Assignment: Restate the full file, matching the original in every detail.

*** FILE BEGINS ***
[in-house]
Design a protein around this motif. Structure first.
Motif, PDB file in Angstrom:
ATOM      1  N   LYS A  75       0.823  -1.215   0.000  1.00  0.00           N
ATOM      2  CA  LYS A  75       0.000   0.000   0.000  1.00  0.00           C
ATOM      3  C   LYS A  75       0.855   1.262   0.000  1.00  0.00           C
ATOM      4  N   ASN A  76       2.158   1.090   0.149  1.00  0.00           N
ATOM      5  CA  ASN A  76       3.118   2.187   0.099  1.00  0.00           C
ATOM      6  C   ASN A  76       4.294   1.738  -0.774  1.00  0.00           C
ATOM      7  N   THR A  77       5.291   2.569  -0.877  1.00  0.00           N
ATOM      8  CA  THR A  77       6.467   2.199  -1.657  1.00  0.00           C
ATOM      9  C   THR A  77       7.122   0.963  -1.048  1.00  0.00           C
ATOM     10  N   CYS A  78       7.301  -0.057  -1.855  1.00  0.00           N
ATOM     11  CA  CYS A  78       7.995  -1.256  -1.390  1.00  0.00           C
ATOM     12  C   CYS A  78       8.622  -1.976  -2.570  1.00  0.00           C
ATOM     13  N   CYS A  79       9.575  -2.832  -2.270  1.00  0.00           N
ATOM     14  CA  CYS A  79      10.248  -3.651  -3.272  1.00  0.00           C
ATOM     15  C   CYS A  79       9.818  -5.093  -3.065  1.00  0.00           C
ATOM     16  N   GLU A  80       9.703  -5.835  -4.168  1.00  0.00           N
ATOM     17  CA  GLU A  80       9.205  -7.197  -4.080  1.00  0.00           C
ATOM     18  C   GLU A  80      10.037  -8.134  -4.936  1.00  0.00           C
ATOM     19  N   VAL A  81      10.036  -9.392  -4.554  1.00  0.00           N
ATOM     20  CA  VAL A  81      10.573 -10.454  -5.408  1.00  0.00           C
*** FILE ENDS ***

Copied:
[in-house]
Design a protein around this motif. Structure first.
Motif, PDB file in Angstrom:
ATOM      1  N   LYS A  75       0.823  -1.215   0.000  1.00  0.00           N
ATOM      2  CA  LYS A  75       0.000   0.000   0.000  1.00  0.00           C
ATOM      3  C   LYS A  75       0.855   1.262   0.000  1.00  0.00           C
ATOM      4  N   ASN A  76       2.158   1.090   0.149  1.00  0.00           N
ATOM      5  CA  ASN A  76       3.118   2.187   0.099  1.00  0.00           C
ATOM      6  C   ASN A  76       4.294   1.738  -0.774  1.00  0.00           C
ATOM      7  N   THR A  77       5.291   2.569  -0.877  1.00  0.00           N
ATOM      8  CA  THR A  77       6.467   2.199  -1.657  1.00  0.00           C
ATOM      9  C   THR A  77       7.122   0.963  -1.048  1.00  0.00           C
ATOM     10  N   CYS A  78       7.301  -0.057  -1.855  1.00  0.00           N
ATOM     11  CA  CYS A  78       7.995  -1.256  -1.390  1.00  0.00           C
ATOM     12  C   CYS A  78       8.622  -1.976  -2.570  1.00  0.00           C
ATOM     13  N   CYS A  79       9.575  -2.832  -2.270  1.00  0.00           N
ATOM     14  CA  CYS A  79      10.248  -3.651  -3.272  1.00  0.00           C
ATOM     15  C   CYS A  79       9.818  -5.093  -3.065  1.00  0.00           C
ATOM     16  N   GLU A  80       9.703  -5.835  -4.168  1.00  0.00           N
ATOM     17  CA  GLU A  80       9.205  -7.197  -4.080  1.00  0.00           C
ATOM     18  C   GLU A  80      10.037  -8.134  -4.936  1.00  0.00           C
ATOM     19  N   VAL A  81      10.036  -9.392  -4.554  1.00  0.00           N
ATOM     20  CA  VAL A  81      10.573 -10.454  -5.408  1.00  0.00           C